I did struggle a little with using the VR headset, simply from the weight of it. In order to fully enjoy the 360 degree immersion you do need to be able to sit up (or stand) while wearing the headset. I initially used it while sitting in my office chair, and enjoyed being able to spin the chair and see the whole world around me. Unfortunately, my office chair gives me issues just sitting in it for long.
Unfortunately, I struggle with holding my head up while wearing the added weight on my head. I did experience pain from wearing it for about 25-30 minutes while sitting up like that. In subsequent uses, I opted to recline on the couch. While this removed my ability to enjoy the full 360 degree experience, it allowed me to use the headset without any added pain or discomfort.
Part of the problem with chronic pain is that the more we deal with it, the more we focus on it, and the more we focus on the pain, the more we feel it. We have to find ways to remove ourselves from the pain experience. This is where virtual reality comes in.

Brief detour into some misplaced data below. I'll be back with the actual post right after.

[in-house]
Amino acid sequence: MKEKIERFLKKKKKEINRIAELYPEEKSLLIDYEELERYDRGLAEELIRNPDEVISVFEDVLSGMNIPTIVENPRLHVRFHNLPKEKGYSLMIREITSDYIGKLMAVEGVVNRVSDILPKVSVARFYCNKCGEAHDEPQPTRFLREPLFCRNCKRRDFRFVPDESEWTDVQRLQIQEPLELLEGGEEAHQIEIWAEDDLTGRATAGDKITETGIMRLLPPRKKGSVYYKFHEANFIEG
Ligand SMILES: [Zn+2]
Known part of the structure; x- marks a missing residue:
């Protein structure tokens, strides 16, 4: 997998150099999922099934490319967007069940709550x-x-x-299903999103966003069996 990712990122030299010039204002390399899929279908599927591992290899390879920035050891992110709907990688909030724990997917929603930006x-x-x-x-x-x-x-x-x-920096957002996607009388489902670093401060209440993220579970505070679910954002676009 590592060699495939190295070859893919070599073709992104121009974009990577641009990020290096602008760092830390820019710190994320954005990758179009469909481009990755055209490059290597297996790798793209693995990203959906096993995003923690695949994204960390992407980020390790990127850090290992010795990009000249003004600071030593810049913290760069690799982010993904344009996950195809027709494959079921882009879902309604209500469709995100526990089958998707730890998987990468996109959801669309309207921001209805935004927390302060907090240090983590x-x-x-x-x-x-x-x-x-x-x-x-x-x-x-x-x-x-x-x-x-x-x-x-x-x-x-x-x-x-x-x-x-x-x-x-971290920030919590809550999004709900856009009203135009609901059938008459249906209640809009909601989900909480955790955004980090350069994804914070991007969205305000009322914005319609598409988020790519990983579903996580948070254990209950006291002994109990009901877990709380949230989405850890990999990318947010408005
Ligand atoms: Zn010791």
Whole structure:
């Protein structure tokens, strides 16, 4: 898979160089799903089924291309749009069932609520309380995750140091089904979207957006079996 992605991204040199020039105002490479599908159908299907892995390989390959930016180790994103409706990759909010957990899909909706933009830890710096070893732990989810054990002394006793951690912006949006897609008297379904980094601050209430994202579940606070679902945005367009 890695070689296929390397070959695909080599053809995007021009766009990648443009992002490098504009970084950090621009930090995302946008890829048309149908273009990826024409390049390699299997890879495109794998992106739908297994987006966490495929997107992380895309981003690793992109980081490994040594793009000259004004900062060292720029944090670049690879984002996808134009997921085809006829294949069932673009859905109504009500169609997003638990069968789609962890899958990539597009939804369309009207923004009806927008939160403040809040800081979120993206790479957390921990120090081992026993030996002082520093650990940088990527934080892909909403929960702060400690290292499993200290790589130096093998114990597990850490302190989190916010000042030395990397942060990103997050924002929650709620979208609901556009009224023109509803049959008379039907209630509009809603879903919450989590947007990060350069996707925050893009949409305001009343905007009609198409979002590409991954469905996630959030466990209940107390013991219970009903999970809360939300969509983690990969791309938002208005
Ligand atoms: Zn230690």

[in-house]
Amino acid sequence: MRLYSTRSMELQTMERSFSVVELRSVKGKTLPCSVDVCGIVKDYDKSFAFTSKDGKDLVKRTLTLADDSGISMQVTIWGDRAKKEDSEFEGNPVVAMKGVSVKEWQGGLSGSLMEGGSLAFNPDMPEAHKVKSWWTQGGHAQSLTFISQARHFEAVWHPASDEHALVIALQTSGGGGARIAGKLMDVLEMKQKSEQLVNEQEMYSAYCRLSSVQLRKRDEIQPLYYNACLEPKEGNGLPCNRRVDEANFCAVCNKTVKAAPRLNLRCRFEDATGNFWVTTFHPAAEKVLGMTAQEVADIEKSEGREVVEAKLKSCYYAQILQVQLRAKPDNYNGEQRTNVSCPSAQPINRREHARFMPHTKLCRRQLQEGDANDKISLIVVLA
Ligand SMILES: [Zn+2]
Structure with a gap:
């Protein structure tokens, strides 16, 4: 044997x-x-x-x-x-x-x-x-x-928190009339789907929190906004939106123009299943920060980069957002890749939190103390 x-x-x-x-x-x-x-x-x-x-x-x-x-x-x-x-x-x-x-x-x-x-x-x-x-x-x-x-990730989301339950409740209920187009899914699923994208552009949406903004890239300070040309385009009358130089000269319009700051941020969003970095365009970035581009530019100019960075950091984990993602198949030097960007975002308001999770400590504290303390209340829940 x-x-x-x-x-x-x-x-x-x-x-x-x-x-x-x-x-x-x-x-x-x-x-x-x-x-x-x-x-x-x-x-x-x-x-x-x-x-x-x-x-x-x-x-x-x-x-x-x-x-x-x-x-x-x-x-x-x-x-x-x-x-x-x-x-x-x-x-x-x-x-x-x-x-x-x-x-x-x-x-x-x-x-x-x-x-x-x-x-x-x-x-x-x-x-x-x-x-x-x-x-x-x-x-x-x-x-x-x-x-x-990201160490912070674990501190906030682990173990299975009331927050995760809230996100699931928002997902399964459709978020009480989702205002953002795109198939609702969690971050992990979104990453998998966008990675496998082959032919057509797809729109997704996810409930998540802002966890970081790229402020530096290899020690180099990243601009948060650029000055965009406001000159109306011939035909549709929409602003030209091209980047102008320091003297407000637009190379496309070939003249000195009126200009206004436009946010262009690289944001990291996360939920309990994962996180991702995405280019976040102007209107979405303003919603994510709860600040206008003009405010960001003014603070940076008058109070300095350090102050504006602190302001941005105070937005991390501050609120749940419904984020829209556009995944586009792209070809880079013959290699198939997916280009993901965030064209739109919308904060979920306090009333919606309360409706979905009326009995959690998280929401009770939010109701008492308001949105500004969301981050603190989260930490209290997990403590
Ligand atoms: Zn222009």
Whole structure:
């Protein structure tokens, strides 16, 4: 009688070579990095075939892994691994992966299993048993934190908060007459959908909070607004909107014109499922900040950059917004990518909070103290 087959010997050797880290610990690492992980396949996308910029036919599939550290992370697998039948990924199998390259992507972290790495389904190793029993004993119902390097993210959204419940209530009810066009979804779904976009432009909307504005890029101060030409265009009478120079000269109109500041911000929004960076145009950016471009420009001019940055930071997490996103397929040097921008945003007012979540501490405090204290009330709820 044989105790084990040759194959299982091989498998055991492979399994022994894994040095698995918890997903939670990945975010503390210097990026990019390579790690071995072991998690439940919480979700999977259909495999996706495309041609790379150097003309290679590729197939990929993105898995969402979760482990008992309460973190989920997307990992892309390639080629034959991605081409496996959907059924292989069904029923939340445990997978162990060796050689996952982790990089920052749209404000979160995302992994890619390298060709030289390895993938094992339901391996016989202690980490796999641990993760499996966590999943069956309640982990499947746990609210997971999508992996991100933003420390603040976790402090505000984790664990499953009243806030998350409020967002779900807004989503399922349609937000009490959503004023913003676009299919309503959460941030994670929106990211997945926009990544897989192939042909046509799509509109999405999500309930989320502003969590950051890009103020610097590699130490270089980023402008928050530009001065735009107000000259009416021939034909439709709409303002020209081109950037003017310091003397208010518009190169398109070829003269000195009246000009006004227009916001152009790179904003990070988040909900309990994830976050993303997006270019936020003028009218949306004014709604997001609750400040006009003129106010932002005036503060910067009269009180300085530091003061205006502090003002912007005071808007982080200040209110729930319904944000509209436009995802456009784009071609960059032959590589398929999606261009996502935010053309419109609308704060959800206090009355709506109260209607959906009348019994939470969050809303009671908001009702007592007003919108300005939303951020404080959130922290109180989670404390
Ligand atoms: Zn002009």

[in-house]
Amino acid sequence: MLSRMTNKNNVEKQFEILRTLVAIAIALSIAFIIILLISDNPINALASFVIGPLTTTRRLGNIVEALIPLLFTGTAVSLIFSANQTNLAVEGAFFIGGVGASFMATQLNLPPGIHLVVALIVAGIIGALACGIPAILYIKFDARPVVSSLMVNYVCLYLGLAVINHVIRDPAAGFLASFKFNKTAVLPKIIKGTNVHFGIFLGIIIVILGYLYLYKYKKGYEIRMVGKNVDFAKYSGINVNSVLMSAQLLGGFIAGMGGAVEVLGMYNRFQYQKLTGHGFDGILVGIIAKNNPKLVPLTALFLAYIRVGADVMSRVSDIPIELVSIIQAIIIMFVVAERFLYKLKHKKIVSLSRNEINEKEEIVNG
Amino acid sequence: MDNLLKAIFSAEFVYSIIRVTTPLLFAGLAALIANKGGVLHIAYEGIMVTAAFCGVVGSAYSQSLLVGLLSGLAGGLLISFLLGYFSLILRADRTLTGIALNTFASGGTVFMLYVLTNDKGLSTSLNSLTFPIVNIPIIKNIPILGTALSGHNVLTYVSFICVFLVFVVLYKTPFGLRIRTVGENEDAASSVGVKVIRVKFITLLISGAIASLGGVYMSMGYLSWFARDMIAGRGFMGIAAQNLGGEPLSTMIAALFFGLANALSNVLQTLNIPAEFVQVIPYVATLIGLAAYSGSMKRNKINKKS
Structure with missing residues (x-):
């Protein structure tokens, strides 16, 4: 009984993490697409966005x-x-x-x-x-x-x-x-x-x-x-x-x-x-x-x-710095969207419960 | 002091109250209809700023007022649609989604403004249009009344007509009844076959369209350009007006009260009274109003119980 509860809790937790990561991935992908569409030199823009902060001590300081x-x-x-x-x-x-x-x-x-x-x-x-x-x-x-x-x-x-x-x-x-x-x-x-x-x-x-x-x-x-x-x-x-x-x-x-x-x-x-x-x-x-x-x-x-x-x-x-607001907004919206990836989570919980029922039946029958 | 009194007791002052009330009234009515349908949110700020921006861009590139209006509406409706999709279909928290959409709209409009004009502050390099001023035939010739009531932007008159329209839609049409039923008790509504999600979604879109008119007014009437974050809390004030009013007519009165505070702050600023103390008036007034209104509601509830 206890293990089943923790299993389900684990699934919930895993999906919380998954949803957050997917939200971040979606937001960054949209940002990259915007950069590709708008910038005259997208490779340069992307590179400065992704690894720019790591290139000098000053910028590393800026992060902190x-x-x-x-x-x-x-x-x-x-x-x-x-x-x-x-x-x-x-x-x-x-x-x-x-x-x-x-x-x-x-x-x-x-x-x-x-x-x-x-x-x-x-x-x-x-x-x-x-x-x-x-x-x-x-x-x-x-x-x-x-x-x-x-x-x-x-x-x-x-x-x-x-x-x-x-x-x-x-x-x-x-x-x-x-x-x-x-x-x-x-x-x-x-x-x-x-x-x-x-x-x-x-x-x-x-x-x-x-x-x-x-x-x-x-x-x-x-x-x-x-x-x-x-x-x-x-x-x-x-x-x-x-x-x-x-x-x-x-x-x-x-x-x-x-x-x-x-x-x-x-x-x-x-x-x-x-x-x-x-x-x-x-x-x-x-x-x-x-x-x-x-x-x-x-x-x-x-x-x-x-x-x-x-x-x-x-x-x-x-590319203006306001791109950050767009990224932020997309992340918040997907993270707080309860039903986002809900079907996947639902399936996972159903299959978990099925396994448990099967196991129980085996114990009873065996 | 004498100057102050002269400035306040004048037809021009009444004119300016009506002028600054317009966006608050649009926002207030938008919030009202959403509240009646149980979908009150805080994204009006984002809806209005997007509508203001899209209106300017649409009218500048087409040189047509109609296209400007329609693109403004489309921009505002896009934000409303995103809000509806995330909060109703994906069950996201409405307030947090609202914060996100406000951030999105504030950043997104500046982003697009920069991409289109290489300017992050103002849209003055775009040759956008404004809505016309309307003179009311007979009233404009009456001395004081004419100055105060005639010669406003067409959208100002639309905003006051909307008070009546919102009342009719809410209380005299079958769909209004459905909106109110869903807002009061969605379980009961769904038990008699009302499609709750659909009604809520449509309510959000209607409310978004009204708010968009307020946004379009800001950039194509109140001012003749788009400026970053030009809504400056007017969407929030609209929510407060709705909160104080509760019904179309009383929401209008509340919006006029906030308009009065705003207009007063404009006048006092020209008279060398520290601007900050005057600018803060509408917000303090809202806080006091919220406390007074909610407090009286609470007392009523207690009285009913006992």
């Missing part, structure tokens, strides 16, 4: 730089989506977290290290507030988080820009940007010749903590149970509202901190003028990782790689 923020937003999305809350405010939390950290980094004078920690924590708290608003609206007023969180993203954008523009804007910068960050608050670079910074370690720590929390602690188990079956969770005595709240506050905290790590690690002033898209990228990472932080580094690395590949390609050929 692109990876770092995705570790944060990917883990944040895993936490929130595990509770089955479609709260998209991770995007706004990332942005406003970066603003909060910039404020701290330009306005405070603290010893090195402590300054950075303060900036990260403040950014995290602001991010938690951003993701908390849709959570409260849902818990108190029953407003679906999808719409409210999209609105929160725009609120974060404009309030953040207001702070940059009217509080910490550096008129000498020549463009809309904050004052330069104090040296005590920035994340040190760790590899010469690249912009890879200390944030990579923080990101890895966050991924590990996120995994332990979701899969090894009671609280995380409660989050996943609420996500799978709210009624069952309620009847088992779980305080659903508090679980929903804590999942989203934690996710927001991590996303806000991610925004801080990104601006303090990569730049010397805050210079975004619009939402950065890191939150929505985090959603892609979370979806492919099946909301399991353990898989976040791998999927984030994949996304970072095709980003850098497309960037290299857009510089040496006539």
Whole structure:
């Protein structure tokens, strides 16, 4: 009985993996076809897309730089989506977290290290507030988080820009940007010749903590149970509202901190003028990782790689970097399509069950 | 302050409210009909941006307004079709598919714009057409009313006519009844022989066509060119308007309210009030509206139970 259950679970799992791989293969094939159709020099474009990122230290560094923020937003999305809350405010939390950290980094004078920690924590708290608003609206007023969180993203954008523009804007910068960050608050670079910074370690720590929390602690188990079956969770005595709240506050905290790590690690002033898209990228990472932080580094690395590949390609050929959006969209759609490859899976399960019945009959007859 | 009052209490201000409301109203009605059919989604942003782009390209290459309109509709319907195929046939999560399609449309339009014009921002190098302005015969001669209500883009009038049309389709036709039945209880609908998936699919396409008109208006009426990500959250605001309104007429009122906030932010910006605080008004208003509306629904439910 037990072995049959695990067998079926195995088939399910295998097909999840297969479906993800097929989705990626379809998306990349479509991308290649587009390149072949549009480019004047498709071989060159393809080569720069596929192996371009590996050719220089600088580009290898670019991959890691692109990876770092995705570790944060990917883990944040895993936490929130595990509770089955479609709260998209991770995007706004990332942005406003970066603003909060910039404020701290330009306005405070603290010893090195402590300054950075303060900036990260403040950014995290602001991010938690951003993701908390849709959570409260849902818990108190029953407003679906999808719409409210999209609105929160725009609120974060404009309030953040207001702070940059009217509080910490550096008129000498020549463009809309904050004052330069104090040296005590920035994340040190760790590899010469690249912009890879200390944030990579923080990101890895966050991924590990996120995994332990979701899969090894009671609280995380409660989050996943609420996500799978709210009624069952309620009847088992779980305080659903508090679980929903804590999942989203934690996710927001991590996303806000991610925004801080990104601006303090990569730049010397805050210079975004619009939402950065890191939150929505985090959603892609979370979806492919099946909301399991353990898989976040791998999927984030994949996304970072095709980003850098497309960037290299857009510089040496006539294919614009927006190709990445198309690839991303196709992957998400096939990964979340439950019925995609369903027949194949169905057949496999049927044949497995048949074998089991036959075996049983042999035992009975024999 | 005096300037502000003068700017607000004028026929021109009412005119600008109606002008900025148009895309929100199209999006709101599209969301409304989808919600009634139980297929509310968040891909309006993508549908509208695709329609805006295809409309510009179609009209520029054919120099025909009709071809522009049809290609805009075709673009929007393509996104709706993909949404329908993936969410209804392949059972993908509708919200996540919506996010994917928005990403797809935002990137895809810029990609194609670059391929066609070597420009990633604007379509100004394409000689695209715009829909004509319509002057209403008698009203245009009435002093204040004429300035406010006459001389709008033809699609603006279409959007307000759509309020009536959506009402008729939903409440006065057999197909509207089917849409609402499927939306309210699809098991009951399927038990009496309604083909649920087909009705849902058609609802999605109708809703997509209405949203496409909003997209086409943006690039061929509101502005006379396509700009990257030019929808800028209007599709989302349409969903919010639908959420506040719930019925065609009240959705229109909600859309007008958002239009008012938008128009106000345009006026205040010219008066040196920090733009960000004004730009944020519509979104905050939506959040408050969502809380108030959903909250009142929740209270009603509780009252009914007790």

Any tools we can find to help reduce our pain, even for a time, are worth having in our toolbox. Virtual reality is just another great tool to keep on hand. I feel that when used with meditation and mindfulness as PainCareVR promotes that it can be extremely beneficial.
- Mindfulness Therapy for Fibromyalgia, Chronic Fatigue Syndrome and IBS
- Distraction as Pain Reliever: 10 ways to distract yourself from pain
- Brain Scans Show that Meditation Can Reduce Sensation of Pain
- Ten Tips For Combating Chronic Pain in Winter
Askay, S. W., Patterson, D. R., & Sharar, S. R. (2009). VIRTUAL REALITY HYPNOSIS. Contemporary hypnosis : the journal of the British Society of Experimental and Clinical Hypnosis, 26(1), 40–47. doi:10.1002/ch.371
Jones, T., Moore, T., & Choo, J. (2016). The Impact of Virtual Reality on Chronic Pain. PloS one, 11(12), e0167523. doi:10.1371/journal.pone.0167523
Kenney, M., & Milling, L. (2016). The Effectiveness of Virtual Reality Distraction for Reducing Pain: A Meta-Analysis. Psychology of Consciousness: Theory, Research, and Practice, 3(3), 199-210.
Pourmand, A., Davis, S., Marchak, A., Whiteside, T., & Sikka, N. (2018). Virtual Reality as a Clinical Tool for Pain Management. Current Pain and Headache Reports, 22(8), 1-6.